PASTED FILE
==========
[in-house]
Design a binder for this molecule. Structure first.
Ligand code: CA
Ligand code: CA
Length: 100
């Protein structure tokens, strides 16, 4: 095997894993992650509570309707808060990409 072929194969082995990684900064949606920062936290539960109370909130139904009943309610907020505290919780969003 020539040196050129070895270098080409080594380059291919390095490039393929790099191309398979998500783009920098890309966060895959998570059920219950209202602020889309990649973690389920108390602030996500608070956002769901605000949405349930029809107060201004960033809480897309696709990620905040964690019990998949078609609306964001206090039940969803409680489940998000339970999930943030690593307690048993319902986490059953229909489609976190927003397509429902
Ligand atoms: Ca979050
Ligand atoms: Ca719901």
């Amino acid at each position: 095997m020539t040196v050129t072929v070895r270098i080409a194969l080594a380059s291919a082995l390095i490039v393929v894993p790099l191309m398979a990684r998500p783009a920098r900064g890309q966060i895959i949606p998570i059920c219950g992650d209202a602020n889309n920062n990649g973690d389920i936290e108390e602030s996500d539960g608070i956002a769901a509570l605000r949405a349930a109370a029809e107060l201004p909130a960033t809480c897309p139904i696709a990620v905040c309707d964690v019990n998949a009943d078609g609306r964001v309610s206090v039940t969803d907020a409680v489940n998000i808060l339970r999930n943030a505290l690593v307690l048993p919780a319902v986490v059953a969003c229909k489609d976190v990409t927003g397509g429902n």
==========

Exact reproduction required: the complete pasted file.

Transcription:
[in-house]
Design a binder for this molecule. Structure first.
Ligand code: CA
Ligand code: CA
Length: 100
């Protein structure tokens, strides 16, 4: 095997894993992650509570309707808060990409 072929194969082995990684900064949606920062936290539960109370909130139904009943309610907020505290919780969003 020539040196050129070895270098080409080594380059291919390095490039393929790099191309398979998500783009920098890309966060895959998570059920219950209202602020889309990649973690389920108390602030996500608070956002769901605000949405349930029809107060201004960033809480897309696709990620905040964690019990998949078609609306964001206090039940969803409680489940998000339970999930943030690593307690048993319902986490059953229909489609976190927003397509429902
Ligand atoms: Ca979050
Ligand atoms: Ca719901």
């Amino acid at each position: 095997m020539t040196v050129t072929v070895r270098i080409a194969l080594a380059s291919a082995l390095i490039v393929v894993p790099l191309m398979a990684r998500p783009a920098r900064g890309q966060i895959i949606p998570i059920c219950g992650d209202a602020n889309n920062n990649g973690d389920i936290e108390e602030s996500d539960g608070i956002a769901a509570l605000r949405a349930a109370a029809e107060l201004p909130a960033t809480c897309p139904i696709a990620v905040c309707d964690v019990n998949a009943d078609g609306r964001v309610s206090v039940t969803d907020a409680v489940n998000i808060l339970r999930n943030a505290l690593v307690l048993p919780a319902v986490v059953a969003c229909k489609d976190v990409t927003g397509g429902n």